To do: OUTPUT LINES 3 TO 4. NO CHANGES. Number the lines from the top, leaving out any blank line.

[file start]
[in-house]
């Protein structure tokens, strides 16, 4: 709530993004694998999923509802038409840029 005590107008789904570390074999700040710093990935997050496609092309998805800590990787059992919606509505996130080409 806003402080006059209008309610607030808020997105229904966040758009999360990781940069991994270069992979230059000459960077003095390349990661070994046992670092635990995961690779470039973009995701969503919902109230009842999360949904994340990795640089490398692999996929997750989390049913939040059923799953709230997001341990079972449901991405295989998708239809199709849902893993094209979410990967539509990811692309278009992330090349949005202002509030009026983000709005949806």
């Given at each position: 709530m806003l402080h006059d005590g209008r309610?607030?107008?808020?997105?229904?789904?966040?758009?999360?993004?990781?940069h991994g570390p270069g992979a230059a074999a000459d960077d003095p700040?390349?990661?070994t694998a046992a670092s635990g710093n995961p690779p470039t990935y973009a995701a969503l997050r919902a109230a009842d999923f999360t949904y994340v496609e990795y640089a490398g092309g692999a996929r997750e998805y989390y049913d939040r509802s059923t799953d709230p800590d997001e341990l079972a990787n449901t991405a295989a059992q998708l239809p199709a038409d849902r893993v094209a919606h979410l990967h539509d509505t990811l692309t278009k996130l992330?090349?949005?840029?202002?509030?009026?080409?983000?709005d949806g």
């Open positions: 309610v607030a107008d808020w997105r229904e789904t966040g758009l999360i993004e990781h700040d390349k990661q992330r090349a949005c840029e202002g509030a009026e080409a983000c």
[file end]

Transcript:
């Given at each position: 709530m806003l402080h006059d005590g209008r309610?607030?107008?808020?997105?229904?789904?966040?758009?999360?993004?990781?940069h991994g570390p270069g992979a230059a074999a000459d960077d003095p700040?390349?990661?070994t694998a046992a670092s635990g710093n995961p690779p470039t990935y973009a995701a969503l997050r919902a109230a009842d999923f999360t949904y994340v496609e990795y640089a490398g092309g692999a996929r997750e998805y989390y049913d939040r509802s059923t799953d709230p800590d997001e341990l079972a990787n449901t991405a295989a059992q998708l239809p199709a038409d849902r893993v094209a919606h979410l990967h539509d509505t990811l692309t278009k996130l992330?090349?949005?840029?202002?509030?009026?080409?983000?709005d949806g």
């Open positions: 309610v607030a107008d808020w997105r229904e789904t966040g758009l999360i993004e990781h700040d390349k990661q992330r090349a949005c840029e202002g509030a009026e080409a983000c």